1. HoosierDaddy's Avatar
    Not too long ago, I bought a Ring Doorbell. And just as washing your car makes it rain, buying the doorbell caused Ring to kill their WM app. Fortunately, Ring gave me a full refund for the device I had bought at Best Buy.

    Looking for an alternative, I checked out the Nest doorbell. I knew it didn't have a WM app but there were several 3rd party apps that worked with other Nest products.

    So I contacted the developers to ask if they supported the new doorbell or planned to.

    None did at this time but said they may if they thought the demand was there. But the developer of the most successful app said the same thing and added that he would add it if someone contributed what it would cost to code and implement and said that would be...wait for it..... between $300 and $1,000; he would have to look more closely to narrow that down.

    Now obviously, a lot of the code already exists to interact with the other Nest devices his app supports, but I have to assume the same would be true about the Ring (and other company) WM apps that were abandoned simply because they didn't want to update them when the iOS or Android versions were updated.

    I'm sure big companies like Ring, etc. have more overhead etc. But seriously, even if the costs are 10 times what a successful (oxymoron?) independent WM developer would expend, it doesn't make sense to me, at least, to take a pass. Ring, for example, has an ongoing revenue stream from most customers. Just the homes on my cul-de-sac would generate enough to cover the costs for the app.
    fin11 likes this.
    03-28-2018 01:06 PM
  2. Ryujingt3's Avatar
    Not too long ago, I bought a Ring Doorbell. And just as washing your car makes it rain, buying the doorbell caused Ring to kill their WM app. Fortunately, Ring gave me a full refund for the device I had bought at Best Buy.

    Looking for an alternative, I checked out the Nest doorbell. I knew it didn't have a WM app but there were several 3rd party apps that worked with other Nest products.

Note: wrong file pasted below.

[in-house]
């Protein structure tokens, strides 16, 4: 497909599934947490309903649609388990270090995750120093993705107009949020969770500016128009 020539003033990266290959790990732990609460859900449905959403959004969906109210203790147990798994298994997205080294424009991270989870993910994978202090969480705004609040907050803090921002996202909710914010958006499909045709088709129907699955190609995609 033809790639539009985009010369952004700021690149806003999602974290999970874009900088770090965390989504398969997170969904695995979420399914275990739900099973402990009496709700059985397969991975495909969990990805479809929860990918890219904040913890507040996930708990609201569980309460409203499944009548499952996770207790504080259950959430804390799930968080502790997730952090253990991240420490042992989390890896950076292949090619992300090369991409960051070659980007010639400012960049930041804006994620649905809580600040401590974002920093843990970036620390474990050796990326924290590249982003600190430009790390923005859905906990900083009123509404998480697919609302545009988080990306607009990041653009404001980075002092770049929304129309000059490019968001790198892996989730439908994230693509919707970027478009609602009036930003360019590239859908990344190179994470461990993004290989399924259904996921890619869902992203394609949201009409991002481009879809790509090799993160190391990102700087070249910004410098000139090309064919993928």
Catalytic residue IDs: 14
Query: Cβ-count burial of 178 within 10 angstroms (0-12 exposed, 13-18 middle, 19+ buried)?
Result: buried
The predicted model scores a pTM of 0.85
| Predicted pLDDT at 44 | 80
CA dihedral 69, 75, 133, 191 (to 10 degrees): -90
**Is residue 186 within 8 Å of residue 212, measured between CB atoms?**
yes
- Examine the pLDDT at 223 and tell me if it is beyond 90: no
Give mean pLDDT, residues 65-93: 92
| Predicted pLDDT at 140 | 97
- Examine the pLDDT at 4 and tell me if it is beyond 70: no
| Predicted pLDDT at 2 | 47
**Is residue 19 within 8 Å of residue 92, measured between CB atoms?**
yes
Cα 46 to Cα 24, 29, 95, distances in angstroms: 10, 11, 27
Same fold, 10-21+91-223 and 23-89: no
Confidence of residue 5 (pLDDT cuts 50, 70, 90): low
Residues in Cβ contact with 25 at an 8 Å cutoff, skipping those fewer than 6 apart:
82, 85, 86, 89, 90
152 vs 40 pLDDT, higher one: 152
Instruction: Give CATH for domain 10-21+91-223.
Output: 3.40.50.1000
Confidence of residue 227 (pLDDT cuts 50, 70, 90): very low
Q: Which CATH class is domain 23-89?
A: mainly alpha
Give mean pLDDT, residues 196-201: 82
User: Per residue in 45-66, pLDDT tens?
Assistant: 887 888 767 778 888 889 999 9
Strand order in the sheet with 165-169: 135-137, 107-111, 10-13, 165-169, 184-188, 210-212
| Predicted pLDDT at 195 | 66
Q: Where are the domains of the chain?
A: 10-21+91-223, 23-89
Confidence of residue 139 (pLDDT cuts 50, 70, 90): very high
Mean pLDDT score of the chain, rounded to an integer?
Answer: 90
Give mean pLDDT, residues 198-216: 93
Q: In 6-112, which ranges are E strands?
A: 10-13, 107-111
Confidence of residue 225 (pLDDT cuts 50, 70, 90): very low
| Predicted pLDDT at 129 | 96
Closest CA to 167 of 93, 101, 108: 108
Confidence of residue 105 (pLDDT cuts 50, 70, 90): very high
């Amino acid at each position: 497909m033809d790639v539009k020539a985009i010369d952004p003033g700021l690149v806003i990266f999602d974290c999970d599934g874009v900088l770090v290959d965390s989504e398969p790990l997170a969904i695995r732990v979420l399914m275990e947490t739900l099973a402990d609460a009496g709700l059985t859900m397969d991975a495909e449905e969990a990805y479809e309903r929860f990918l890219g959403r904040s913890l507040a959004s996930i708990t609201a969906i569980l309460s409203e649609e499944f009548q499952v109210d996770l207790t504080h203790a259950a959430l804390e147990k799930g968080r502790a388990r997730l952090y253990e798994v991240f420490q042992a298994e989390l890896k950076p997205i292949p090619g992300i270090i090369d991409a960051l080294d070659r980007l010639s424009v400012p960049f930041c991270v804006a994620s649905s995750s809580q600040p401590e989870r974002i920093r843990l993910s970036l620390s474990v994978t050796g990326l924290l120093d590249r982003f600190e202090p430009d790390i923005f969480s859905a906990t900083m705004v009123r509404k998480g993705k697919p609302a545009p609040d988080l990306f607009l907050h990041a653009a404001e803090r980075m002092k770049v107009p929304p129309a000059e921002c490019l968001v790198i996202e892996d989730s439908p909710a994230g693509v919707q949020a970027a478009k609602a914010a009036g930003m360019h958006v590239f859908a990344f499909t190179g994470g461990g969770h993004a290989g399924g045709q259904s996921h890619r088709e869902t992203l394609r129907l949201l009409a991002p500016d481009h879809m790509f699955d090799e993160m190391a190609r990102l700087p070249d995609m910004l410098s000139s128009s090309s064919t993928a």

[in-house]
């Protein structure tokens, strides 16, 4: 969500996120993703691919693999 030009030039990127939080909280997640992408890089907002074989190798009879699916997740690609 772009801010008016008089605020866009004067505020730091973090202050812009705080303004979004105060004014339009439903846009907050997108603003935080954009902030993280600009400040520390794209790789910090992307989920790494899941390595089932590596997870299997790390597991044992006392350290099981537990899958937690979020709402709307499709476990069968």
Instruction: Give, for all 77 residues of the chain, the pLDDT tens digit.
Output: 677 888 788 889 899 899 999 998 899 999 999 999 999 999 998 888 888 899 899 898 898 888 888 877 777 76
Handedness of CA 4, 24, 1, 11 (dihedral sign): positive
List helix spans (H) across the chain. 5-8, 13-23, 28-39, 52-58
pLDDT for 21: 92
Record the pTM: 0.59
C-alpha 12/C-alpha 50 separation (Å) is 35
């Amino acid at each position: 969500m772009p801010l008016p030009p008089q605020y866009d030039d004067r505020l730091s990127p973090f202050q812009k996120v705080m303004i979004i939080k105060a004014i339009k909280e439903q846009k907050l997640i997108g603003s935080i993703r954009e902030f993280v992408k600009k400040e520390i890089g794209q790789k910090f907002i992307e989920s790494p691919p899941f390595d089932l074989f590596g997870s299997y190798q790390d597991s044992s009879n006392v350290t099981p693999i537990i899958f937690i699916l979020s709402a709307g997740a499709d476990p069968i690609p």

So I contacted the developers to ask if they supported the new doorbell or planned to.

    None did at this time but said they may if they thought the demand was there. But the developer of the most successful app said the same thing and added that he would add it if someone contributed what it would cost to code and implement and said that would be...wait for it..... between $300 and $1,000; he would have to look more closely to narrow that down.

    Now obviously, a lot of the code already exists to interact with the other Nest devices his app supports, but I have to assume the same would be true about the Ring (and other company) WM apps that were abandoned simply because they didn't want to update them when the iOS or Android versions were updated.

    I'm sure big companies like Ring, etc. have more overhead etc. But seriously, even if the costs are 10 times what a successful (oxymoron?) independent WM developer would expend, it doesn't make sense to me, at least, to take a pass. Ring, for example, has an ongoing revenue stream from most customers. Just the homes on my cul-de-sac would generate enough to cover the costs for the app.
    I didn't know the costs of such an app for W10M were on the low side. They could probably crowdfund it in some way to raise the money. Sometimes, it's not about the money, it's about the masses. Or rather, supply and demand. And the masses don't demand Windows phone apps, so the developers follow what they do want instead.
    03-30-2018 08:23 AM

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